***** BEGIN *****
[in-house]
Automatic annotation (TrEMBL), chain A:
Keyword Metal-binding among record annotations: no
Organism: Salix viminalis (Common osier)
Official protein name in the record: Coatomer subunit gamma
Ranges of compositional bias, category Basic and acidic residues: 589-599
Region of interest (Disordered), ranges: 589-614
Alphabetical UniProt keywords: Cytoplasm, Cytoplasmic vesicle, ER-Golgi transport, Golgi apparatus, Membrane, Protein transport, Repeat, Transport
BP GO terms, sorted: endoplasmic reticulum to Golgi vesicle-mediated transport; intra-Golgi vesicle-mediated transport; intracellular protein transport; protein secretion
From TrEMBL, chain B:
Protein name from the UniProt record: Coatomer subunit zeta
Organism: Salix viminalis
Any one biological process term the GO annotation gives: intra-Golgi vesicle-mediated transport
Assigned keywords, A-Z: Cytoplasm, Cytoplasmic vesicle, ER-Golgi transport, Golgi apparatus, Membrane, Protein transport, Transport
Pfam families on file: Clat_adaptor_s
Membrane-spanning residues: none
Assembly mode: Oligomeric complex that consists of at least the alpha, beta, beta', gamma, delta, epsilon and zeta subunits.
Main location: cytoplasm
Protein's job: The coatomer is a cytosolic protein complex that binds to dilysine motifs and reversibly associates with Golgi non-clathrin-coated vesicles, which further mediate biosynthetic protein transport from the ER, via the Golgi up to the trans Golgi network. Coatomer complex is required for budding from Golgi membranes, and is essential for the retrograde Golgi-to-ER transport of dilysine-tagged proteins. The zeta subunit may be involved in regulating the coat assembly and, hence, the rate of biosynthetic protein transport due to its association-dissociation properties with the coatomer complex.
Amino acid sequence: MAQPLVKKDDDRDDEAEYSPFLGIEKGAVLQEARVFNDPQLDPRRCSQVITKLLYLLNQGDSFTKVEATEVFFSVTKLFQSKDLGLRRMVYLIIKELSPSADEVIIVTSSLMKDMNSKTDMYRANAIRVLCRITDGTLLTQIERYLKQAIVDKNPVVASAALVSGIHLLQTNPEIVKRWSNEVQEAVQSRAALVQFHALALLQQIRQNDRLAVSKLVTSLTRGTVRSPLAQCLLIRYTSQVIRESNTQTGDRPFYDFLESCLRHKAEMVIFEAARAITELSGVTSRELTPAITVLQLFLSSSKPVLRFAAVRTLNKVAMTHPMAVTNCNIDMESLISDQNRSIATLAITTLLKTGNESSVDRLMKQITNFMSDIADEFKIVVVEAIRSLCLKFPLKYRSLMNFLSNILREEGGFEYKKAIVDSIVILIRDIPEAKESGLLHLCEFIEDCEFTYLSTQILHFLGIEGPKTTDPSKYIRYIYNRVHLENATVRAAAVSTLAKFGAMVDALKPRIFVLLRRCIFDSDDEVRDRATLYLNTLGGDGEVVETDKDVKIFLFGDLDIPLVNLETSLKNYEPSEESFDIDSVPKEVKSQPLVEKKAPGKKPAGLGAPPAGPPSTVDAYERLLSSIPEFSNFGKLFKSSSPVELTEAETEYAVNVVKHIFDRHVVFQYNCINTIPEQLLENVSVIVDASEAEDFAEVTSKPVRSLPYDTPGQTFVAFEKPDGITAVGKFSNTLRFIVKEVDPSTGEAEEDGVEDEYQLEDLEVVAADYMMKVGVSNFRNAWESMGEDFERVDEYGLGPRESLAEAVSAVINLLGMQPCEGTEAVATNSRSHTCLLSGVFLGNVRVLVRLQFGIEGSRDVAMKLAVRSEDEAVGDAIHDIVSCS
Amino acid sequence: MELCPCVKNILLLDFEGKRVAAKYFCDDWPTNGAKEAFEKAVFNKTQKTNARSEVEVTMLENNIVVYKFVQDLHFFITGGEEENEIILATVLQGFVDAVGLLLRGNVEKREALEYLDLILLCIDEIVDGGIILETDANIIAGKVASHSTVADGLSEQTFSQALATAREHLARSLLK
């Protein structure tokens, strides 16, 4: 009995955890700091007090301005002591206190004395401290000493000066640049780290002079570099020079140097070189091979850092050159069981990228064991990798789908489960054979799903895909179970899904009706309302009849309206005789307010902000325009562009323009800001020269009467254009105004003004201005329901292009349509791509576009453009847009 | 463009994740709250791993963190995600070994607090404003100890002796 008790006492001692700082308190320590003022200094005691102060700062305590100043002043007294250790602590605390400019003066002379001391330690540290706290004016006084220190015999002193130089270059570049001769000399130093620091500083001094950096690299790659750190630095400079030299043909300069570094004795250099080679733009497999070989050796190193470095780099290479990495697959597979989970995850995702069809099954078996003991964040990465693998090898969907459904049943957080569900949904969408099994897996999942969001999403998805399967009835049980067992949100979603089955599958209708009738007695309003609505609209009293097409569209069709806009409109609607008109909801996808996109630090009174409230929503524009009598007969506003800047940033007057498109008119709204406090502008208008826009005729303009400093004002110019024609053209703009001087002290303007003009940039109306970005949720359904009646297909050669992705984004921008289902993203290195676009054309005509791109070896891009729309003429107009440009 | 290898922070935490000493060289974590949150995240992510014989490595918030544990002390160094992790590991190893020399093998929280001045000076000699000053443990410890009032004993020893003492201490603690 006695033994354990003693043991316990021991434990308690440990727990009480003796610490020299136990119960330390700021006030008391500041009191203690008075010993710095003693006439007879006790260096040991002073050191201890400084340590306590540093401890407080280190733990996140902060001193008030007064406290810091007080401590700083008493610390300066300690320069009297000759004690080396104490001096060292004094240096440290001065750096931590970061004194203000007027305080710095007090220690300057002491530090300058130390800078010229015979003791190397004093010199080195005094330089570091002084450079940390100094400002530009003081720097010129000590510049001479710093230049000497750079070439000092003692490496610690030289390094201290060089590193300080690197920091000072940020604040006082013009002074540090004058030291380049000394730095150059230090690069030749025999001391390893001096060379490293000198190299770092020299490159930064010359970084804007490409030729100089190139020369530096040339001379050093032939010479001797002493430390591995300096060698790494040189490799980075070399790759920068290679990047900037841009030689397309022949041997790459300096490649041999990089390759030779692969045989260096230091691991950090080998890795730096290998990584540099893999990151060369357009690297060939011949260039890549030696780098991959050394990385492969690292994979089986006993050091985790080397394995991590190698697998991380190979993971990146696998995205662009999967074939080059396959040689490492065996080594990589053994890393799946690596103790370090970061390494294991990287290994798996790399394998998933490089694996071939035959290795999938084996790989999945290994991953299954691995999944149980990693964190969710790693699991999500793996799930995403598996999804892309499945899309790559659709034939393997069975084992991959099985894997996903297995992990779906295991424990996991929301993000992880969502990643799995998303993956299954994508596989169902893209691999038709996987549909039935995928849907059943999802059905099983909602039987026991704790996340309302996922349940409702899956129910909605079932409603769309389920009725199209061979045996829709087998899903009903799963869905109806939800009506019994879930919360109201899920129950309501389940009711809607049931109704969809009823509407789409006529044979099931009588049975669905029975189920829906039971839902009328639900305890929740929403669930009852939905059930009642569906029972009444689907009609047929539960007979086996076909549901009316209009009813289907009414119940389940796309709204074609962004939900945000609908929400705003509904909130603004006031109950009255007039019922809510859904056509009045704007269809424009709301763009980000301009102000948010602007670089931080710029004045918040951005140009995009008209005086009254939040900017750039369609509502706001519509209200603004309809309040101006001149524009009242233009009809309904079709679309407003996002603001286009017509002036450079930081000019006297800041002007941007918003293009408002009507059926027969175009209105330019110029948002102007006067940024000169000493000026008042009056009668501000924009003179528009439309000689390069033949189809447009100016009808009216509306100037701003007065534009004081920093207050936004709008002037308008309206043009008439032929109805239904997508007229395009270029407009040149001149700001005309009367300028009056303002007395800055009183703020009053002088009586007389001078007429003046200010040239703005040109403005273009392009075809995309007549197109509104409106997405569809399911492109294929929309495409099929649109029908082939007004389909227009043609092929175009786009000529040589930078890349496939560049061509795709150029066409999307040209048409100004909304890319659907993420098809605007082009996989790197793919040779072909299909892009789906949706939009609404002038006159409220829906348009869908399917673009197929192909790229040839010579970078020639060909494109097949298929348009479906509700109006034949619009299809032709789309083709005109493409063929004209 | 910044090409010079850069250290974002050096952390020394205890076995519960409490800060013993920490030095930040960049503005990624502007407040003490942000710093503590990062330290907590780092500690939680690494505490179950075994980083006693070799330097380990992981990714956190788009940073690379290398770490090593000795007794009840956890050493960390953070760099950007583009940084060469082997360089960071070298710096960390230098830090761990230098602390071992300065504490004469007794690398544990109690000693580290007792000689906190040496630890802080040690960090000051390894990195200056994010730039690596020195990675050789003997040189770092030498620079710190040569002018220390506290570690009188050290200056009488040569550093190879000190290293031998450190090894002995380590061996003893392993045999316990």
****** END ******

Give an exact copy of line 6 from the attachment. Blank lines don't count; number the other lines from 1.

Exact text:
Ranges of compositional bias, category Basic and acidic residues: 589-599